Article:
44.5 degrees
26,000 yards (23,770 m)
1,209 fps (369 mps)
47.5 degrees
26,118 yards (23,881 m)
With 105 lbs. (47.6 kg) HC
Striking Velocity
Angle of Fall
46.6 degrees
23,483 yards (21,473 m)
Note:  Time of flight for AP Shell with MV = 2,500 fps (762 mps)
   10,000 yards (9,140 m): 16.2 seconds
   20,000 yards (18,290 m):  44.7 seconds
   26,000 yards (23,770 m):  77.3 seconds
Mount / Turret Data
(see Note 6)
Triple Turrets
   Brooklyn (5), St. Louis (5), Cleveland (4) and Fargo (4)
(see Note 5)
Brooklyn and St. Louis classes:  154 to 167 tons (156 to 170 mt)

Cleveland and Fargo classes:  165 to 173 tons (168 to 176 mt)

Elevation -5 / +40 degrees as designed, later modified to +60 degrees
Elevation Rate Brooklyn and St. Louis classes:  10 degrees per second

Cleveland and Fargo classes:  11 degrees per second

Train about +150 / -150 degrees
Train Rate All:  10 degrees per second
Gun recoil 21 in (53 cm)
Loading angle -5 to 20 degrees

1) These mountings did not have the guns individually sleeved.  RPC was installed on all ships either as built or during refits.

2) Each gun was supplied by its own projectile and cartridge hoists which ran directly to the gunhouse.  The cartridge hoist was an endless conveyor type with open flights rather than powder cars.  Projectiles were delivered vertically to the side of the gun while cartridges were delivered to the rear of the gun.  Both were placed into the loading tray and then rammed together.  Cartridge cases were ejected through a port in the rear floor of the turret.  Shell stowage was on the fixed structure.

3) Each turret required a crew of 3 officers and 52 enlisted men.

4) These turrets were powered by electric motors with hydraulic drive gears.  Training motors were 50 HP while the elevation motors were 25 HP.  Each gun had a 7.5 HP motor which operated both the breech mechanism and the rammer, which was attached to the rear of the slide.  The three cartridge and three projectile hoists in each turret were driven by three 15 HP motors in the Brooklyn and St. Louis classes and by three 20 HP motors in the Cleveland and Fargo classes.

5) The Cleveland and Fargo classes had a slightly heavier and larger turret with more protection than the ones used for the Brooklyn and St. Louis classes.  Weight differences within a class were due primarily to the rangefinders, which were installed only on the first four turrets of the Brooklyn and St. Louis classes and only on the first three turrets of the Cleveland and Fargo classes.  Late during World War II some Cleveland class cruisers had the rangefinders removed from Turret I as a weight saving measure.

6) Compared to the Brooklyn and St. Louis classes, the Cleveland and Fargo classes traded one 6" (15.2 cm) turret for better fire control equipment and for a better secondary battery - eight 5"/25 (12.7 cm) guns (Brooklyn) or eight 5"/38 (12.7 cm) guns (St. Louis) vs. twelve 5"/38 (12.7 cm) guns (Cleveland and Fargo).  The Fargo class differed from the Cleveland class by having a single funnel and a more compact superstructure which gave their AA weapons better sky arcs.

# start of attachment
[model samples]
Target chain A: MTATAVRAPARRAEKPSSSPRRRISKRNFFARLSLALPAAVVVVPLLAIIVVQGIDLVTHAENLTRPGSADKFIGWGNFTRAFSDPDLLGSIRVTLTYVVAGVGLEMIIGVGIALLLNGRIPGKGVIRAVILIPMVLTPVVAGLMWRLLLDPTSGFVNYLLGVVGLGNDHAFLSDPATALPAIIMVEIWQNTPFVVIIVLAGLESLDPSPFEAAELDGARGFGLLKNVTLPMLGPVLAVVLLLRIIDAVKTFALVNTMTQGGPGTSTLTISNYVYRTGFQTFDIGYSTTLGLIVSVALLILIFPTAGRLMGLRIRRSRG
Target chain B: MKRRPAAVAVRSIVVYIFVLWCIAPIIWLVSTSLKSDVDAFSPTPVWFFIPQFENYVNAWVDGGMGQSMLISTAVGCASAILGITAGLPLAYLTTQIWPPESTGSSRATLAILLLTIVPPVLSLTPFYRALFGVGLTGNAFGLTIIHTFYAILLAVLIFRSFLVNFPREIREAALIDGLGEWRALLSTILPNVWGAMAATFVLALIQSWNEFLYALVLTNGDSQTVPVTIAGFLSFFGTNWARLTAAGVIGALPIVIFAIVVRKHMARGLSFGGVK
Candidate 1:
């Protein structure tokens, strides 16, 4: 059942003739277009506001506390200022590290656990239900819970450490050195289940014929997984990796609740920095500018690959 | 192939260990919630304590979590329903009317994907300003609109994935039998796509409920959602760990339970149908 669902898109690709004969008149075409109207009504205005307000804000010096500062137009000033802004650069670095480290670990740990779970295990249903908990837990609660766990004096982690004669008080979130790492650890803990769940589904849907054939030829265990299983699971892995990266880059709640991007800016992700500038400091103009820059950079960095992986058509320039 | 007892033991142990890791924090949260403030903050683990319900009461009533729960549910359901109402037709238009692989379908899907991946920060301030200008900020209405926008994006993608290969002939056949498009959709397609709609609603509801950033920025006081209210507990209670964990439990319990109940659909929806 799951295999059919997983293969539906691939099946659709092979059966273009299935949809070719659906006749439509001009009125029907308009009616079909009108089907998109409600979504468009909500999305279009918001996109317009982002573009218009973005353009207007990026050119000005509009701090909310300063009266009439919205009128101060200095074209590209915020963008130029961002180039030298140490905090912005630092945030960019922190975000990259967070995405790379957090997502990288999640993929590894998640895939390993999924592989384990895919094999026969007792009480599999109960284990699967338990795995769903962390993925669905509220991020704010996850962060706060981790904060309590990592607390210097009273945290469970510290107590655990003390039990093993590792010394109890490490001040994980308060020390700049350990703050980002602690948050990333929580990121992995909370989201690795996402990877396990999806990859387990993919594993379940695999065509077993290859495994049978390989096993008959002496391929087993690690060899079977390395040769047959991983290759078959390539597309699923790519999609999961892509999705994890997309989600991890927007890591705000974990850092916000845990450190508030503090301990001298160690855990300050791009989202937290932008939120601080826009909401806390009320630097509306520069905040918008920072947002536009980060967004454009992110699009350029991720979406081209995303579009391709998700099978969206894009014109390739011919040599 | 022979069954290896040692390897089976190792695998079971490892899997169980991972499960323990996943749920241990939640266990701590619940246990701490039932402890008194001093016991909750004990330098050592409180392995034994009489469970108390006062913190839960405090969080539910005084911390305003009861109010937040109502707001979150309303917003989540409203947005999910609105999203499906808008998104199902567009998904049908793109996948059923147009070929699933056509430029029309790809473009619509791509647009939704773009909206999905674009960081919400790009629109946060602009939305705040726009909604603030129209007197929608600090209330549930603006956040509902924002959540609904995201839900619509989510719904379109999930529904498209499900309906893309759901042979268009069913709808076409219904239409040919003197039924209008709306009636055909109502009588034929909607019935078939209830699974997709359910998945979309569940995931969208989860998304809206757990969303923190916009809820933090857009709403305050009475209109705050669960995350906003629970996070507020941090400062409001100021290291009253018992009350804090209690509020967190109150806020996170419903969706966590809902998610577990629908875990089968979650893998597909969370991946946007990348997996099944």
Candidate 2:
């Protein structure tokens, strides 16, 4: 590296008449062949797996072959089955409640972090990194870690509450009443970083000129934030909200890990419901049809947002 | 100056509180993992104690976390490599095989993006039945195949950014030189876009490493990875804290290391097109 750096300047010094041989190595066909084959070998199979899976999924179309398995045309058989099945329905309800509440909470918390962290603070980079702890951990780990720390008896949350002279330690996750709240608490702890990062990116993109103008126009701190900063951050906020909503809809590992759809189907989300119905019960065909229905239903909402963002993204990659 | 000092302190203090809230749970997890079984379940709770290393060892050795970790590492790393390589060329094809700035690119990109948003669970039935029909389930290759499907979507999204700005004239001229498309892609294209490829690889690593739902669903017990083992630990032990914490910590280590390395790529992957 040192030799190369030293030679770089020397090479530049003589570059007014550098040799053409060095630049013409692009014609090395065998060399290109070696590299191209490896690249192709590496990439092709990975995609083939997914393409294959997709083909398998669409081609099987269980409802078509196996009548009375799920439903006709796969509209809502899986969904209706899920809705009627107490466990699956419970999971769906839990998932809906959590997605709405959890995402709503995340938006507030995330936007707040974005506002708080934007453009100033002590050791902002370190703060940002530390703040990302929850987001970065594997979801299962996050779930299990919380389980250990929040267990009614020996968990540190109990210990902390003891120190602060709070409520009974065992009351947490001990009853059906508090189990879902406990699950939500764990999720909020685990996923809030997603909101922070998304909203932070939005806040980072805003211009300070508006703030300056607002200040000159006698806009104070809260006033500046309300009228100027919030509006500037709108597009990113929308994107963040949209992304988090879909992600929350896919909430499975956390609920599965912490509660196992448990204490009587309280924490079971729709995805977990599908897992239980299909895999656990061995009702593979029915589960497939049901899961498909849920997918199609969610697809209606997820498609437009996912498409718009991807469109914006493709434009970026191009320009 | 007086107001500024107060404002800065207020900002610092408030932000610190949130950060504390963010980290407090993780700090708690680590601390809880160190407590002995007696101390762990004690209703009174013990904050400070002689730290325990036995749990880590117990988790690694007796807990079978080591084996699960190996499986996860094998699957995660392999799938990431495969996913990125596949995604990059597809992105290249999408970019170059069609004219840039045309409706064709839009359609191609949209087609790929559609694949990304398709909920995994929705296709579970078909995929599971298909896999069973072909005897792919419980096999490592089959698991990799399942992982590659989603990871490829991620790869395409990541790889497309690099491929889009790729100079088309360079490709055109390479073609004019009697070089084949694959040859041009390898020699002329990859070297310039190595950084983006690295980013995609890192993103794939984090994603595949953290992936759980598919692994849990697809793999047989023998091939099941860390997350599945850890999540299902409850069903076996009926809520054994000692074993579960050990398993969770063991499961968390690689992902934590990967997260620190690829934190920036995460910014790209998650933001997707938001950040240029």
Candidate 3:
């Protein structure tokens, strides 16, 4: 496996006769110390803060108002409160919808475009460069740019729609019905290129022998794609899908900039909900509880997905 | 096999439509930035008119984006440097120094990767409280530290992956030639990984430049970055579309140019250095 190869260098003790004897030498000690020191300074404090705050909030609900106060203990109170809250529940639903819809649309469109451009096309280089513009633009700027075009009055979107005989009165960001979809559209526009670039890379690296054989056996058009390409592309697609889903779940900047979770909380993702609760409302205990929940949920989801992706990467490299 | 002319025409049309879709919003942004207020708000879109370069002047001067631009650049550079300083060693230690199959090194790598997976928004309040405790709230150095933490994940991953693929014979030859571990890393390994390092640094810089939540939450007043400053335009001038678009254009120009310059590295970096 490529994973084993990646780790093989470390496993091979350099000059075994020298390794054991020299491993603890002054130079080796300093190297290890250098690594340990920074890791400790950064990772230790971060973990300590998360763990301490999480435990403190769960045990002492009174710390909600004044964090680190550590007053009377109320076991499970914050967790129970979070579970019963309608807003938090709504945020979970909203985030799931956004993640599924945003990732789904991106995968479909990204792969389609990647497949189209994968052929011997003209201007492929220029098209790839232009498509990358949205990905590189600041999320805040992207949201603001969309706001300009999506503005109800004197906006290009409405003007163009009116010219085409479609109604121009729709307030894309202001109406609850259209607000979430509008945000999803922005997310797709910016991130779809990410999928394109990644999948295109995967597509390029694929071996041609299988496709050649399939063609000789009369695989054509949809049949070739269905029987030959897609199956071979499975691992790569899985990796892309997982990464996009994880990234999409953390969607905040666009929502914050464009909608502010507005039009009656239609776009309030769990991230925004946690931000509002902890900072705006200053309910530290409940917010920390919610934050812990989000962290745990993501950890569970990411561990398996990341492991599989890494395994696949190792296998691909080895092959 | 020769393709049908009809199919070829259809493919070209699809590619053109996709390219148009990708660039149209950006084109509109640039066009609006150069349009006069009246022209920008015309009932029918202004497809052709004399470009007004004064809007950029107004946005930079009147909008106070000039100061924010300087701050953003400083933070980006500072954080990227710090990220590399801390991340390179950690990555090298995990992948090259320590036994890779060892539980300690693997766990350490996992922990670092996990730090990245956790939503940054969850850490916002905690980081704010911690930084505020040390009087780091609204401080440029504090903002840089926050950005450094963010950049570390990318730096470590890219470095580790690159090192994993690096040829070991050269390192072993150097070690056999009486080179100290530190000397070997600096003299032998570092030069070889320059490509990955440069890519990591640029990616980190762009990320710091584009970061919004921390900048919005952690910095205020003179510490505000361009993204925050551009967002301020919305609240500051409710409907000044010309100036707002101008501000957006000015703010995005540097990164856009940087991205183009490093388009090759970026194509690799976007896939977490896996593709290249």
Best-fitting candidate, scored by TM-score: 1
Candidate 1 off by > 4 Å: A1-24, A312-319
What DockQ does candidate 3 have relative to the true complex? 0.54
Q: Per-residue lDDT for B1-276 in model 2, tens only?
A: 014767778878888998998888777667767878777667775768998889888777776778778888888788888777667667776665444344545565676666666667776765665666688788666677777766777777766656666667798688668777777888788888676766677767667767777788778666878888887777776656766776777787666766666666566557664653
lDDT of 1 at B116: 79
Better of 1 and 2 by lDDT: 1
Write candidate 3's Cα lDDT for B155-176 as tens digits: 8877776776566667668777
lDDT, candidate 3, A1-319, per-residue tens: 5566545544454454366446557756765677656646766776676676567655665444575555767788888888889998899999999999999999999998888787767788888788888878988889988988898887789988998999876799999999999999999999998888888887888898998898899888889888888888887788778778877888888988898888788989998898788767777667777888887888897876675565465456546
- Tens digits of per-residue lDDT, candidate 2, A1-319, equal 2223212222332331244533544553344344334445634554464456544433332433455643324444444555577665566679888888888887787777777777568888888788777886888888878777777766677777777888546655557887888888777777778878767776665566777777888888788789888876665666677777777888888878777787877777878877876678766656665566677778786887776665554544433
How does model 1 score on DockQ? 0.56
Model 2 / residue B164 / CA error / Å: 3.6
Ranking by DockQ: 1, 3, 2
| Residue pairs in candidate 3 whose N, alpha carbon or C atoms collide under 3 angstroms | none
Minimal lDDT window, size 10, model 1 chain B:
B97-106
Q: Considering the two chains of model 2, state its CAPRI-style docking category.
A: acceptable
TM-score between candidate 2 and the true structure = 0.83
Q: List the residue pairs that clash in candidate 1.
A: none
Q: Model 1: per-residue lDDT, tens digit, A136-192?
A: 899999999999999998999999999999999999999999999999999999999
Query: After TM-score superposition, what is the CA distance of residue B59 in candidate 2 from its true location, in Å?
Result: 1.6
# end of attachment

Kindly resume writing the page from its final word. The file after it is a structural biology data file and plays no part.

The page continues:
7) Cleveland class cruisers converted into missile cruisers during the 1950s-60s had both stern turrets and three of their six 5"/38 (12.7 cm) twin mounts removed in order to fit a Terrier or Talos twin missile launcher in their place.  Those converted to flagships also had Turret II and two more 5"/38 (12.7 cm) twin mounts removed in order to fit additional staff accommodations.  Remaining turrets had the rangefinders removed.

Data from
"Naval Weapons of World War Two" by John Campbell
"US Cruisers:  An Illustrated Design History", "US Naval Weapons" and "The Naval Institute Guide to World Naval Weapon Systems 1991/92" all by Norman Friedman
"Cruisers of World War Two" by M.J. Whitley
"Naval Ordnance and Gunnery - 1952" Navpers 16116-B
"Ammunition:  Instructions for the Naval Service:  Ordnance Pamphlet 4 - May 1943" by Department of the Navy
"U.S. Explosive Ordnance:  Ordnance Pamphlet 1664 - May 1947" by Department of the Navy
William Maloney - Inside Little Rock gun turrets
Gene Slover's Navy Pages
Special help from Leo Fischer and Phil Hays
Page History

27 November 2008 - Benchmark
25 December 2010 - Corrected information regarding rangefinders on Cleveland class and added note regarding missile conversions
14 January 2011 - Added data reference
01 May 2012 - Added note regarding gunnery trials for USS Savannah CL-42
06 December 2012 - Added ammunition supply information